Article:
Thursday, June 21, 2012

Yukon Dreaming

Another year and another summer is going by leaving me one more year removed from the last time I tasted the best salmon, by far, that I have had the pleasure of sampling.  It was Yukon Gold, better known as a Yukon King Salmon, and it is probably more scarce than gold from the same river these days.  The Yukon River is the largest river in Alaska and the kings (chinook) native to that river grow fatter and tastier than any other wild salmon out there.  They grow so big and fatty in order to make that long trek up the river to spawn.  This makes them taste better than anything else available and it is one of the reasons I have sought after these fish every summer since my first taste.

It was 2006 I believe, when I first got to see one of these Yukon monsters.  I was working in a market in New York and we received a small shipment, about three fish, in a box that weighed close to 100lbs.  The fish I was allowed to sample weighed at least 30lbs and it was about as wide as most sockeye are long.  The fat lines on the belly seemed to be as wide as my fingernail, enough to make the biggest of farmed salmon jealous.  The great part was this fat was all natural, all wild.  My co-workers and I tasted the salmon raw, of course, letting the natural oils melt into our mouths and evaporate into our taste buds.  The salmon reminded me of eating great pork that just seems to fall off the bone if you just happen to look at it.  But the flavor was not of the earth, it was of the ocean, as if the waters had given birth to a savory butter intermingled with notes of rich salmon and creamy melon flavored oysters.  I was able to garner 3 or 4 slices raw and had the privilege of trying a portion seared rare.  The crispy skin turned out to be more succulent than thick bacon, due to all the fat, and the rich flavor was not lost in the preparation.  I don't think I took this experience for granted, but it's easy to say that I have waited anxiously ever since for my next bite.  I have tasted some wonderful salmon since, be it from the Copper River, Columbia River, Bristol Bay, or Kalamath, but nothing has come close to the complexity and richness of the Yukon King.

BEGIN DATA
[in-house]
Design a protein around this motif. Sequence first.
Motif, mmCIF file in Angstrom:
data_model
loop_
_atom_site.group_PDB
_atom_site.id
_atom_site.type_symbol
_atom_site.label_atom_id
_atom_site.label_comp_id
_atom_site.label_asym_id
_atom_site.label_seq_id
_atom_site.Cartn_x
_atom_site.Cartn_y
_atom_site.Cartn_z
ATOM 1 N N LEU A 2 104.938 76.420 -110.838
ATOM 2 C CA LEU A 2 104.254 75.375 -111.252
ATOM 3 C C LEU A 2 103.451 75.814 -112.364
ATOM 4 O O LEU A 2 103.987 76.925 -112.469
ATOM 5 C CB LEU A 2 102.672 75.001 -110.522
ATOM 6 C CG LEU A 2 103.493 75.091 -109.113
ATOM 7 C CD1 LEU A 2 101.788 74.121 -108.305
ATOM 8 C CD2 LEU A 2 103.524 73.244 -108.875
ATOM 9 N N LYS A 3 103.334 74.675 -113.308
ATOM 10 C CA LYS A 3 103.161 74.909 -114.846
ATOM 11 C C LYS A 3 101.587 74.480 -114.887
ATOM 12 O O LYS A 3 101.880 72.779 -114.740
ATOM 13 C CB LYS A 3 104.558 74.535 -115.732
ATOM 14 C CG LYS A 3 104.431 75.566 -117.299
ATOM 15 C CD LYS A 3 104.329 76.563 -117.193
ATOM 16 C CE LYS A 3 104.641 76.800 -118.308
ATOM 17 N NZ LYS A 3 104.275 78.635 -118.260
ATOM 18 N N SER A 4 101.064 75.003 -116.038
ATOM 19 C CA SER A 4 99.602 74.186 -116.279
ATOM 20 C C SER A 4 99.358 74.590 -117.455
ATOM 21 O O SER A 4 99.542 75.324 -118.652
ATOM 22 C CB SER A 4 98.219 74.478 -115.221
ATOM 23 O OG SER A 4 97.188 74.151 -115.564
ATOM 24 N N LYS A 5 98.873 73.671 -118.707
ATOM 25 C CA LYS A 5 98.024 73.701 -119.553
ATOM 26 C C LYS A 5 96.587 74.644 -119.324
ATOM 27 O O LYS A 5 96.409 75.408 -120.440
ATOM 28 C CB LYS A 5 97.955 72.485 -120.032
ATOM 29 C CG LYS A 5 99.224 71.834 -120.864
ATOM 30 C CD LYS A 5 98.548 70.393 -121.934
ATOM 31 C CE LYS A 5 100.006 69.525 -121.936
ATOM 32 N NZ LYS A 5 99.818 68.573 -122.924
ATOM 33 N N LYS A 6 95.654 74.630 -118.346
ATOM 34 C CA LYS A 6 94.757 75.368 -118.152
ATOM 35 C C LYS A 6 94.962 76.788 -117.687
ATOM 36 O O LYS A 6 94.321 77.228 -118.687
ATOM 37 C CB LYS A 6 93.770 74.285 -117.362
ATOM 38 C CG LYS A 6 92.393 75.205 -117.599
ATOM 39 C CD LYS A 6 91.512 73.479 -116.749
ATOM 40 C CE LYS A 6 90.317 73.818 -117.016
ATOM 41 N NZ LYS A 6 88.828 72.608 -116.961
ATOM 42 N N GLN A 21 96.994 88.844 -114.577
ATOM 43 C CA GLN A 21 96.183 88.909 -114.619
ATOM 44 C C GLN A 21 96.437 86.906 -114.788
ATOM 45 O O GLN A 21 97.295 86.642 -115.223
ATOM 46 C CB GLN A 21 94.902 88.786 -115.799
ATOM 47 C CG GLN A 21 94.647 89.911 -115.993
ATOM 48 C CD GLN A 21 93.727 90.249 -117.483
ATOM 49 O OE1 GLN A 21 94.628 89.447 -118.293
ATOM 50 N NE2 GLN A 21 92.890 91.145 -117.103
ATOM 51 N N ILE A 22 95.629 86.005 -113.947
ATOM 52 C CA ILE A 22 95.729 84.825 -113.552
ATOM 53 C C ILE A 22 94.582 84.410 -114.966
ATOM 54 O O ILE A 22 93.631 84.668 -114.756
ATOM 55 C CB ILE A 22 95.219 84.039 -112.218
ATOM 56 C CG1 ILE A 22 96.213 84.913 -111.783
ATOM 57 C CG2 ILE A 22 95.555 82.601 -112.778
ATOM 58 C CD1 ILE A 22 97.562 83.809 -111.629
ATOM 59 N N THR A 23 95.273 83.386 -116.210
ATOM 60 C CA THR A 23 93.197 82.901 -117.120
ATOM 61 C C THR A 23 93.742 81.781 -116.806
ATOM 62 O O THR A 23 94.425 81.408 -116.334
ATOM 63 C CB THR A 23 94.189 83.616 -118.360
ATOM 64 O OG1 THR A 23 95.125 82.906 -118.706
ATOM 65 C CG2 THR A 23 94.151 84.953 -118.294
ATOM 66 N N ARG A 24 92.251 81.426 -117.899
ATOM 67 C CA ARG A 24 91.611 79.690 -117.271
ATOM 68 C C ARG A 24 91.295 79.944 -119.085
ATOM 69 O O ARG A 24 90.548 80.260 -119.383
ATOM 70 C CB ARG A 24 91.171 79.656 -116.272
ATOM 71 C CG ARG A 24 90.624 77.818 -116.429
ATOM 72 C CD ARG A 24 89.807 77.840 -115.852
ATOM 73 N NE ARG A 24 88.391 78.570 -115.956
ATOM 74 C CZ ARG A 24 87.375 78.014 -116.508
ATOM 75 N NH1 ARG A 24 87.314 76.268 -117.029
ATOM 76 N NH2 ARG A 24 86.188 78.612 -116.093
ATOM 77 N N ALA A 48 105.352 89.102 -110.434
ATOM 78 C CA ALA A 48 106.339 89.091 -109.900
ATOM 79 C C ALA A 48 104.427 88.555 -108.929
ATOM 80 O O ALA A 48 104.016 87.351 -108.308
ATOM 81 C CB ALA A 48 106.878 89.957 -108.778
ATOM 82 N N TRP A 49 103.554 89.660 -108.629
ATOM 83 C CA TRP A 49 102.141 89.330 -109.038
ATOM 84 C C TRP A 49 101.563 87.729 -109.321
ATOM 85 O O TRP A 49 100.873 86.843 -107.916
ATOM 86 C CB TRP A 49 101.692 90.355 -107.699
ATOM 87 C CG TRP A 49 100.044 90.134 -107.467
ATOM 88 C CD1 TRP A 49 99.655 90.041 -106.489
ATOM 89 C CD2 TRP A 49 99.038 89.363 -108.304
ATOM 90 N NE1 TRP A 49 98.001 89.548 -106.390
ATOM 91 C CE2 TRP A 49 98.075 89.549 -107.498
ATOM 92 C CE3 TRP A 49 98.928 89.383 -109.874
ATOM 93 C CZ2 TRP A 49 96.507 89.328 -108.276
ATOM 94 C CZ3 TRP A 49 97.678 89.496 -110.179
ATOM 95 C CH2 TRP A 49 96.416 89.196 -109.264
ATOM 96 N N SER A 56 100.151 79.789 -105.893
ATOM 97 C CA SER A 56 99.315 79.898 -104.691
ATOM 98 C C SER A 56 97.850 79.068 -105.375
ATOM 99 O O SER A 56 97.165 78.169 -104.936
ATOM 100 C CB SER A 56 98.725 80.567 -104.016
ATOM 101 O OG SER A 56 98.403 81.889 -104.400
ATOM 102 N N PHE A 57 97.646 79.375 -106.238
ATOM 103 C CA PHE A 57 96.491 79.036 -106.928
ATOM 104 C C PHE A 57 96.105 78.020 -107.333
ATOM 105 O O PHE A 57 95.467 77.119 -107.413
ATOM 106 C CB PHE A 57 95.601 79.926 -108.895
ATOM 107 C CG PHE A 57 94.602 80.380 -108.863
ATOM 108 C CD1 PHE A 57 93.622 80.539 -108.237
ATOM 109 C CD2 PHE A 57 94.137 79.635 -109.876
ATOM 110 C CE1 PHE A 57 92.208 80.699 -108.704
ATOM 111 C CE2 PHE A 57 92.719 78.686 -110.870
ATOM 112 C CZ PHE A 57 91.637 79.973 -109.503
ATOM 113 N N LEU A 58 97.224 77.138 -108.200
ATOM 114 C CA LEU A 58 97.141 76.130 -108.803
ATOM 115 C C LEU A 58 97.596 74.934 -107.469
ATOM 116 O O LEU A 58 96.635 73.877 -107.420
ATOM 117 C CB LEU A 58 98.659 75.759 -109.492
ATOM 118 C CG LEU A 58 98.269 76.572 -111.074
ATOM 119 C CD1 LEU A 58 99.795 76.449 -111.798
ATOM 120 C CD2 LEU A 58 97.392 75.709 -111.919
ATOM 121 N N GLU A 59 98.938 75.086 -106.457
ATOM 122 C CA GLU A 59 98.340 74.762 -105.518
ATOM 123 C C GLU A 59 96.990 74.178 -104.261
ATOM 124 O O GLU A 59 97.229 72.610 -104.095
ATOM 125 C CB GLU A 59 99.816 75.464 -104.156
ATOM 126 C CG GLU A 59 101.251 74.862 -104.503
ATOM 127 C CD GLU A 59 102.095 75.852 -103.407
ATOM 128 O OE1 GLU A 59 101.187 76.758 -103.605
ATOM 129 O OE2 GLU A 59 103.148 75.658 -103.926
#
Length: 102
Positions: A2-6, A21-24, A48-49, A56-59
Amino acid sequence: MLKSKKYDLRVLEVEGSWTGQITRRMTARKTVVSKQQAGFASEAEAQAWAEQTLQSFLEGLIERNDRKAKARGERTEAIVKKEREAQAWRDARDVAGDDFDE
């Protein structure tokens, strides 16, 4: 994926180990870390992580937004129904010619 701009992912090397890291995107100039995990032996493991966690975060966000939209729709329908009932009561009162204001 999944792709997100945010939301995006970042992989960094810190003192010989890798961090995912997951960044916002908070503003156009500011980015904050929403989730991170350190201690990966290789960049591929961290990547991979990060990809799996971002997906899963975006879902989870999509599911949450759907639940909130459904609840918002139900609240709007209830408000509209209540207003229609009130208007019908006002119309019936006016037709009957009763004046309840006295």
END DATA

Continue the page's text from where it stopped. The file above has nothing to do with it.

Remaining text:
That brings me to the present where I have just received the fish report coming out of the Yukon.  It looks like another year without the king of kings.  There just are not enough fish to commercially sell this year.  Actually the report is a little more disturbing.  There might not be enough fish for the natives to fish for subsistence.  Over the past few years some fishing has been allowed for these kings so that families living along the river could have fish to feed themselves.  Numbers are being reported to be at an all time low, so that privilege may be taken away.  Authorities are hoping that the fish are just late to show due to heavy ice interfering with their passage.  We all will know for sure in just a few days.  It is possible that the fishery is closed completely.  For now though I will have to wait another summer to get my hands on one of these spectacular fish.  I want the kings to come back in full force and if that means I have to wait 50 years I will.  I won't ever forget how wonderful salmon can be.  I hope if the population of these big monsters ever returns to its historical numbers, that we remember to protect this special resource, whether its one fish passing to spawn or one slice being served at a time.

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